Missouri contractor charged with fraud for minority business claims

Luna Ruth

Dive Brief:

  • A Missouri contractor funneled nearly $900,000 through two minority businesses to meet diversity goals on construction contracts without actually engaging the firms for their building services, federal prosecutors alleged in an indictment last week.  
  • Brian Kowert Sr., a former co-owner and chief operating officer at what is now Russell HBD in St. Louis, paid two minority-owned subcontractors small fees to shuttle checks and contracts to non-minority firms on three projects starting in 2014, the feds alleged.
  • Kowert created duplicate contracts and purchase orders and fraudulently claimed the minority firms were doing the actual work, the complaint alleged. He altered checks to include non-minority contractors’ names after recording them as paid to the minority firms, according to the indictment.

Dive Insight:

Minority and women-owned business participation on construction projects has become a hot-button topic. Many government-funded projects set participation goals for underrepresented groups, while the industry has tried to change its White-guys-only image with diversity and inclusion initiatives.

Hal Goldsmith, assistant U.S. attorney for the Eastern District of Missouri who is prosecuting the case, said his office has received complaints of minority business enterprise fraud in the construction industry for years.

“Unfortunately, it’s more common than we’d like,” said Goldsmith. “Hopefully this will deter others in the construction trades from doing the same thing, where they really aren’t using legitimate minority companies and workers to perform on these construction jobs.”

Joel J. Schwartz, listed in court documents as Kowert’s attorney, didn’t immediately return calls seeking comment.

Russell HBD, which succeeded Kowert’s original HBD Construction after the firms merged in 2020, also didn’t respond to Construction Dive’s request for comment. But according to the St. Louis Post-Dispatch, the company said it had no knowledge of Kowert’s actions, and terminated his employment in December.

“This matter begins and ends with Brian Kowert Sr.,” Caitlin Russell, company president, told the paper. “We at Russell are fully committed to transparency and ethical financial stewardship. We do not tolerate fraudulent behavior or misconduct of any kind.”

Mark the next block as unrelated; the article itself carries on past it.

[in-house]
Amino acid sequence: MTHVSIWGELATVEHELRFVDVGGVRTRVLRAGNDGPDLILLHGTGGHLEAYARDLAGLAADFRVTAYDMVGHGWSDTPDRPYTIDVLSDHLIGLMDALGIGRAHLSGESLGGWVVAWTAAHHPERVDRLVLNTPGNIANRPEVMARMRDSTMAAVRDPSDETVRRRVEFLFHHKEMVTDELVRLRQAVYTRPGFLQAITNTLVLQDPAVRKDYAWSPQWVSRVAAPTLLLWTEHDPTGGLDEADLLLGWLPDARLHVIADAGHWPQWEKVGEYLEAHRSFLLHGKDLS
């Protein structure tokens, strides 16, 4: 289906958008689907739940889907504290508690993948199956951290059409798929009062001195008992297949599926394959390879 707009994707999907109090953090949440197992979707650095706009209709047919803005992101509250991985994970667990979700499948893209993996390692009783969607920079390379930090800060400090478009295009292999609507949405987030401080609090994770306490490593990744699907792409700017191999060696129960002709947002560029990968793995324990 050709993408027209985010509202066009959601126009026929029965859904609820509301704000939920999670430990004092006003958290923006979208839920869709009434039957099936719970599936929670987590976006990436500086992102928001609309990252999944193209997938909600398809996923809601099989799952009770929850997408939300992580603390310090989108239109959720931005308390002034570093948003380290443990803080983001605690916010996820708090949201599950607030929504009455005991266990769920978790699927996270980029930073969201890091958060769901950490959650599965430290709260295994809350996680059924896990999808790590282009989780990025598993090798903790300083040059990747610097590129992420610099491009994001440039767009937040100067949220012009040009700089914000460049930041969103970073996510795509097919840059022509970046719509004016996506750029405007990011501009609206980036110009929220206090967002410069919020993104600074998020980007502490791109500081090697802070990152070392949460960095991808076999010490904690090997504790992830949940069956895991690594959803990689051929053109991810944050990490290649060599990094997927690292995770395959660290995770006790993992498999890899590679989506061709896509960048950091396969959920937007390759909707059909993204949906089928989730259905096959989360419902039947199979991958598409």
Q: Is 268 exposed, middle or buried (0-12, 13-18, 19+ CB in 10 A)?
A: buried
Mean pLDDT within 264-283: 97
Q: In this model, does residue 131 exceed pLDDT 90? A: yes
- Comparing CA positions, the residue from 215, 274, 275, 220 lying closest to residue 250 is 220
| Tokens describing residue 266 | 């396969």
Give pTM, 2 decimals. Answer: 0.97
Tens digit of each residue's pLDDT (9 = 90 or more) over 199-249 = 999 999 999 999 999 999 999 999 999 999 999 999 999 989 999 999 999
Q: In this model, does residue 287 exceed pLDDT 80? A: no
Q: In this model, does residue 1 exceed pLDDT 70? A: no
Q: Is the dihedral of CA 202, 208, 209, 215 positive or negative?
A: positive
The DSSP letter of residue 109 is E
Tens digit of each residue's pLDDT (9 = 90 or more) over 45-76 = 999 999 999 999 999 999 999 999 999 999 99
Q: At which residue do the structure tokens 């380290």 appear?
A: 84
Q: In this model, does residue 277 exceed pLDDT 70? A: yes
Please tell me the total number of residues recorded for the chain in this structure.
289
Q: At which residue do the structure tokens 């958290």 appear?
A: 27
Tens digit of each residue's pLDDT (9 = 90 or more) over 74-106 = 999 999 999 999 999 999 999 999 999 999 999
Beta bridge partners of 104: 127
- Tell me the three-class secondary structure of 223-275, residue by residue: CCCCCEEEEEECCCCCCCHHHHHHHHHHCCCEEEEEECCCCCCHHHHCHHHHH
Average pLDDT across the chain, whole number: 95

Kowert’s son, Brian Kowert Jr., still works at the firm, according to its website.  

The indictment doesn’t name the two minority firms Kowert allegedly used as shells, which it said received payments ranging from $2,000 to $2,500, and emphasizes that the clients whose projects he built didn’t know about Kowert’s deception.

For example, the indictment said one client, Springfield, Missouri-based developer RAGA, unwittingly used Kowert’s bogus minority participation numbers in January during a presentation to the Missouri Housing Development Commission as evidence of meeting its goals for a senior housing community known as Logan Villas.

“RAGA and Logan Villas LLP and their employees had no knowledge of Kowert’s fraudulent scheme,” the indictment stated.  

Recent issues

Actual compliance with minority participation goals on construction projects has gained scrutiny nationally.  

The Federal Aviation Administration recently called out officials at the Kansas City airport’s new terminal project for not properly tracking minority contractors, and the Massachusetts state auditor found the state’s construction division failed to meet inclusion goals for women on 95% of projects.

In addition, in Congress last fall, minority contractors testified they were often used as “window dressing” to help prime contractors win bids, only to be pushed off projects after they’re awarded.

Paula L. Finch, an attorney at St. Louis-based Greensfelder, Hemker & Gale, P.C. who focuses on supplier diversity in construction projects, said minority workforce participation compliance varies by jurisdiction and that contractors often face challenges meeting goals laid out in project requirements.  

“From a big picture standpoint, we don’t have enough women and minority-owned businesses out there,” Finch said. “The unintended consequences of these goals is companies who try and get creative so that their bid looks better.”

Indeed, at Providence, Rhode Island-based Gilbane, which recently committed $4 billion to minority and women-owned suppliers, newly appointed CEO Thomas Laird told Construction Dive a lack of capacity at underrepresented firms was one of the biggest challenges he faced.

“The diverse contracting capacity is very thin,” Laird said, who emphasized the company partners with and mentors underrepresented firms to help address the issue. “We are very focused on trying to create that capacity.”


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